Consumer Confidence Waning Economists Say They Are Vexed by Flood of Mixed Signals and Unreliable Statistics

By Amy Kaslow, writer of The Christian Science Monitor | The Christian Science Monitor, October 19, 1990 | Go to article overview

Consumer Confidence Waning Economists Say They Are Vexed by Flood of Mixed Signals and Unreliable Statistics


Amy Kaslow, writer of The Christian Science Monitor, The Christian Science Monitor


CHARLIE LEMMER, owner of Chazco Van Lines, heaved a sigh and leaned on the furniture his men had just moved. He started his Virginia-based moving business in 1980, and until this year, he enjoyed the boom years of the Washington metropolitan housing market.

But "since the beginning of this year," he says, "the slow times have been really slow, and we've had to spend more money and work harder to make the same revenue."

With higher costs and less business, Mr. Lemmer is considering layoffs. Parents of two, he and his wife used to frequent shopping malls; today, he says, they're very careful about what they spend. "People are afraid to spend money, and they're putting off making moves and buying furniture. If I knew what the next year was going to bring, I wouldn't be worried."

According to recent surveys, Lemmer is joined by a majority of Americans who are uncertain about the nation's economy. A recent New York Times poll reveals that seven out of 10 American consumers lack confidence.

Their recession fears are compounded by mixed signals from economic experts, who offer no clear picture of what lies ahead.

Economists are vexed by so many unknowns - the threat of war, the volatile oil market, the extent of divestment from US securities by foreign investors, a federal-budget impasse, and an elusive Federal Reserve Board policy on interest rates - they admit that forecasting is tougher than ever.

Given the unstable environment, says a Commerce Department analyst, statistics that show present economic activity are increasingly discounted in projecting future developments.

"It's unusual that we have so many things (economic indicators) that are hard to read. Most of the 11 leading economic indicators - such as stock prices, industrial production, and contracts and new orders for plants and equipment - are unpredictable," he says. "These indicators have been moving around a great deal - up and down during the past months."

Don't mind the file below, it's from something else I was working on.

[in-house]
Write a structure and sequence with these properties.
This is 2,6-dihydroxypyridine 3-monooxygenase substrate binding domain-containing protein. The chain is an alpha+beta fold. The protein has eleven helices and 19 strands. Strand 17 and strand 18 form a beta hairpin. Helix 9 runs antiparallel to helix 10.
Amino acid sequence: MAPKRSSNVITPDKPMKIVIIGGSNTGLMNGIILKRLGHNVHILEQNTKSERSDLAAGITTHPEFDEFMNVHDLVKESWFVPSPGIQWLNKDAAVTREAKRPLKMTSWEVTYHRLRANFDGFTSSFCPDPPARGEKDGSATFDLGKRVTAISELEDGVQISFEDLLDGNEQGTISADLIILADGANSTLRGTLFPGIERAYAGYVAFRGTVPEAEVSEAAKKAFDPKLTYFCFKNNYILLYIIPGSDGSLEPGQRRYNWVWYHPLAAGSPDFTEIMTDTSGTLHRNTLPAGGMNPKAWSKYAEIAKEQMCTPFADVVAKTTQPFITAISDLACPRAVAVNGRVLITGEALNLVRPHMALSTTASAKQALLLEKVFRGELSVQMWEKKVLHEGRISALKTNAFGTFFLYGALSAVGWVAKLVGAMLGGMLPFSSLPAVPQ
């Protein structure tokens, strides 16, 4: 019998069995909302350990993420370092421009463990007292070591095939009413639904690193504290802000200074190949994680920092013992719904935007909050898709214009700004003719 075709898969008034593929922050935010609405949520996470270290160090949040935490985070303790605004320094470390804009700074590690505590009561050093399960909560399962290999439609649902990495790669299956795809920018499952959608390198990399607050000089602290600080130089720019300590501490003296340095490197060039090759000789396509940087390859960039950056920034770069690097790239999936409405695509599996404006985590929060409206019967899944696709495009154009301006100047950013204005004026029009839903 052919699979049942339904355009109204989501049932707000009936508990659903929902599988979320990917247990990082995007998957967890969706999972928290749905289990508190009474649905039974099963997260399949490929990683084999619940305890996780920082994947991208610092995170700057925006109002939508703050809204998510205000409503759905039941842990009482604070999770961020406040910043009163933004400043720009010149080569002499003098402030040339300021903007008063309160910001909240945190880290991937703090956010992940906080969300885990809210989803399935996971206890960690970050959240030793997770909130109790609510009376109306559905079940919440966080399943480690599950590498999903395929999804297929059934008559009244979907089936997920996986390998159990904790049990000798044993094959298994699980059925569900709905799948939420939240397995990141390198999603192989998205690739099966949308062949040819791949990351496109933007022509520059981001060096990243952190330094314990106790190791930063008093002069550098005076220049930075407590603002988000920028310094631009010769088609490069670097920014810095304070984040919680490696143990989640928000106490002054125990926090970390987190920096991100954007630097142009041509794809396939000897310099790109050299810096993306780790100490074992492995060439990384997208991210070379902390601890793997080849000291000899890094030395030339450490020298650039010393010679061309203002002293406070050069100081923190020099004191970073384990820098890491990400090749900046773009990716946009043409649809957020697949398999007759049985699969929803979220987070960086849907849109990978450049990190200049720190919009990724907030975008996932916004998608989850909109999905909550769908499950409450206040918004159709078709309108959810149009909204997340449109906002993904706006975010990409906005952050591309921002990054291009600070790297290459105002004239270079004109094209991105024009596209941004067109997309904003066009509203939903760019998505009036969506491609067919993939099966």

"People were talking about a recession a year ago, but we still haven't had ... months of negative growth associated with a recession," he adds.

In August, the index of leading indicators dropped 1.2 percent, the most dramatic monthly fall since the jolt caused by the Oct. 19, 1987, stock market plunge.

Many sectors of the economy have been weak "for a long time," says Lea Tyler, a senior economist with Wharton Econometrics in Philadelphia. Barring war and higher oil prices, she predicts a mild recession in a few months' time.

Roger Kormendi, a professor of Business Economics at the University of Michigan, says that current analysis comes largely "from business economists trained a long time ago in forecasting methods that are now archaic. We can no longer forecast from past trends, because economies are fundamentally changing."

Consumer confidence is clearly waning. University of Michigan's Index of Consumer Sentiment - a barometer of consumer confidence - plummeted 25 percent from April to August.

"Consumers believe their conditions are going to be worse and there is tremendous uncertainty," says Professor Kormendi. This leads consumers to tighten their purse; less spending means a slower economy.

The rest of this article is only available to active members of Questia